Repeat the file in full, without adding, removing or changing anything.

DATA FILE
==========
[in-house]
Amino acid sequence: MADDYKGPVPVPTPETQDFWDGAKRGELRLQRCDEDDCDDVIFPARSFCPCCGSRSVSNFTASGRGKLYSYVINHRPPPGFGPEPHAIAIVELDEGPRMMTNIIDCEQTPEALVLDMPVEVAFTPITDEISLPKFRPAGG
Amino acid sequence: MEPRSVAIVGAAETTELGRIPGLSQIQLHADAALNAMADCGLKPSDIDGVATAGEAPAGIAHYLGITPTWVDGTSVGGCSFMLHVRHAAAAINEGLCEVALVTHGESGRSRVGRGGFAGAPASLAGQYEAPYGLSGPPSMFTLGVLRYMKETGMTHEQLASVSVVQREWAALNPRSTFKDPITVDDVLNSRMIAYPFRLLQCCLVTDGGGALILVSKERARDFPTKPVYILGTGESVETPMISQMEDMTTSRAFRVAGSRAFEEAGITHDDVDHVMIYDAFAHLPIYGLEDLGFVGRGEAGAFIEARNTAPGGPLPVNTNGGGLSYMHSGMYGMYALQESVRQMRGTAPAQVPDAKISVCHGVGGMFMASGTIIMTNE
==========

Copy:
[in-house]
Amino acid sequence: MADDYKGPVPVPTPETQDFWDGAKRGELRLQRCDEDDCDDVIFPARSFCPCCGSRSVSNFTASGRGKLYSYVINHRPPPGFGPEPHAIAIVELDEGPRMMTNIIDCEQTPEALVLDMPVEVAFTPITDEISLPKFRPAGG
Amino acid sequence: MEPRSVAIVGAAETTELGRIPGLSQIQLHADAALNAMADCGLKPSDIDGVATAGEAPAGIAHYLGITPTWVDGTSVGGCSFMLHVRHAAAAINEGLCEVALVTHGESGRSRVGRGGFAGAPASLAGQYEAPYGLSGPPSMFTLGVLRYMKETGMTHEQLASVSVVQREWAALNPRSTFKDPITVDDVLNSRMIAYPFRLLQCCLVTDGGGALILVSKERARDFPTKPVYILGTGESVETPMISQMEDMTTSRAFRVAGSRAFEEAGITHDDVDHVMIYDAFAHLPIYGLEDLGFVGRGEAGAFIEARNTAPGGPLPVNTNGGGLSYMHSGMYGMYALQESVRQMRGTAPAQVPDAKISVCHGVGGMFMASGTIIMTNE